SUNSET PARK — The city's Department of Education is struggling to keep pace with two rapidly changing neighborhoods along the South Brooklyn waterfront.
Over the past decade, thousands of immigrant families from Mexico and China have settled in Sunset Park, the latter creating the largest Chinatown in New York City. Meanwhile, in nearby Red Hook, well-heeled residents and developers seeking quiet escape from the Big Apple’s hustle and bustle are converting former industrial spaces into multimillion-dollar homes, even as other residents depart in search of more affordable neighborhoods.
While Red Hook schools have seen a slight decline in enrollment in recent years, according to DOE figures and Insideschools, others in Sunset Park have become some of the city’s worst cases of overcrowding, forced not only to accommodate a huge influx of students, but also English-language learners speaking Spanish, Mandarin, Cantonese and, increasingly, Arabic.
“When I first started, the population was about 88 percent Hispanic, 12 percent Asian. Today, I would say it's about 50-50,” said Josephine Santiago, principal of P.S. 169 in Sunset Park.
“If you look around at the community, the one- and two-family homes are now six-family dwellings, and then those spaces are shared, families double-up. So in an apartment, you can have four to five children easily, where there might have been one child there in the past.”
Despite the challenges, reports by the DOE and Insideschools show that virtually every school in Sunset Park and Red Hook, both part of District 15, has found ways to deliver quality classroom instruction, as well as extracurricular activities, health programs and other services for students and parents.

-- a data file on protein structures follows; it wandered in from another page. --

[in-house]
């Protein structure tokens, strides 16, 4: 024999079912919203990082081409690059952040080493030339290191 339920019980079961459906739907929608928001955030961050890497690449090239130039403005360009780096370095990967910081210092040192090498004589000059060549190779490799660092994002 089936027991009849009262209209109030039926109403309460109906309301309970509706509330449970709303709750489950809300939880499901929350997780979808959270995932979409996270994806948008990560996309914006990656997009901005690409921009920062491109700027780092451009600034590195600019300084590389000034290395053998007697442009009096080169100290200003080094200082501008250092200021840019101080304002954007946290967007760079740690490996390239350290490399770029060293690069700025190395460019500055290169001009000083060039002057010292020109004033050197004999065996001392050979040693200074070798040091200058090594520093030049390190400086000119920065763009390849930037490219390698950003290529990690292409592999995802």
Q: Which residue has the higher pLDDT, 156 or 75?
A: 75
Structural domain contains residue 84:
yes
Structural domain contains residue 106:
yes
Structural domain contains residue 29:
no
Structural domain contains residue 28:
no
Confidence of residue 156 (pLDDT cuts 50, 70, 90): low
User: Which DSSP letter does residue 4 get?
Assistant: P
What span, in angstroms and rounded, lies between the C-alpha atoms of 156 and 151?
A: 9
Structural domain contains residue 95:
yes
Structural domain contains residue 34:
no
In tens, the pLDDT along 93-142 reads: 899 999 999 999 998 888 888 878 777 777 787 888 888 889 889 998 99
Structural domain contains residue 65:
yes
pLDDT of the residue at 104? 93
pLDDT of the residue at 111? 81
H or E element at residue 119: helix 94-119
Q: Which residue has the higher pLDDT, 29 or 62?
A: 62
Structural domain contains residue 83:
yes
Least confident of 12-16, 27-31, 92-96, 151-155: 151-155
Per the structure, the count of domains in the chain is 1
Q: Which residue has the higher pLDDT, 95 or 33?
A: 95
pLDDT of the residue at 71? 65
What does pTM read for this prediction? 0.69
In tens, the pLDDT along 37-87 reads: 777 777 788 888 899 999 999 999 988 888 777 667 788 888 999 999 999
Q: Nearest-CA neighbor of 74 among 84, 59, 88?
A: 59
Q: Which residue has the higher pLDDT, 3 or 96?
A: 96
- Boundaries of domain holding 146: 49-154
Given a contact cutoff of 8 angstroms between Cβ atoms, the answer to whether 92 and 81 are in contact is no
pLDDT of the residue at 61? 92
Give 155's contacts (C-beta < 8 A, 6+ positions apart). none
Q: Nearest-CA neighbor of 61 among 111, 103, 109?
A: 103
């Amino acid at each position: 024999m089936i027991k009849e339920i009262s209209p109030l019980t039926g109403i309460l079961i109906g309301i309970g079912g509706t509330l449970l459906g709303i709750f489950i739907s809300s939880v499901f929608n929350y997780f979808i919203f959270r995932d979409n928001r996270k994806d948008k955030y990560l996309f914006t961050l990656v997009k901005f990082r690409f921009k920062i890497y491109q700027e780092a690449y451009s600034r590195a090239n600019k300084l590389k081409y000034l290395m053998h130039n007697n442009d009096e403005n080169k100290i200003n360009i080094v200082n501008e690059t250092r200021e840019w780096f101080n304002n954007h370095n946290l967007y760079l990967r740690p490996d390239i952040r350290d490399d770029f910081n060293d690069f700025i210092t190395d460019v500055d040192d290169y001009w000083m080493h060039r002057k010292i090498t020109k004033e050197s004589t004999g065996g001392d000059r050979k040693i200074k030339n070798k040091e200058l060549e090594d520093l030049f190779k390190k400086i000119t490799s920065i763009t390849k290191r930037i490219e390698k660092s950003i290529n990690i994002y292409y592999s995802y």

Plus, amid the crush of families seeking space in schools, there are hidden gems to be found.
Notably, P.S. 133 in District 13 is reserving more than half its seats for students from District 15. Hundreds of those spots will go toward English Language Learner and low-income students, offering Sunset Park families an opportunity to escape some of the worst overcrowding in their schools.
Here are some of Red Hook and Sunset Park's noteworthy public elementary schools:
P.S. 15, Patrick F. Daly School, 71 Sullivan St.
The Patrick F. Daly School, named for its late principal, is perennially one of the top schools in the city, ranking in the 97th percentile in 2011-2012 with a score of 85.2 on its progress report. Principal Daly, who was killed in 1992 while searching for a student who had fled the school, was an art teacher there before he became an administrator, and the school has upheld that legacy with a vibrant arts program. The school has also earned recognition for its work with special-education students and its active PTA.
K646, Red Hook Neighborhood School, 27 Huntington St.
K646, which replaced P.S. 27 after that school closed in 2009, is frequently overshadowed by its neighbor, P.S. 15, located just eight blocks away. Students at the Red Hook Neighborhood School earned sub-par marks in mathematics, attendance, engagement and respect, but the school improved nine points on its progress report from 2010-2011 to 2011-2012, climbing from an “underdeveloped” to “developing” rating, and earning a B for overall student progress.
P.S. 1, The Bergen, 309 47th St.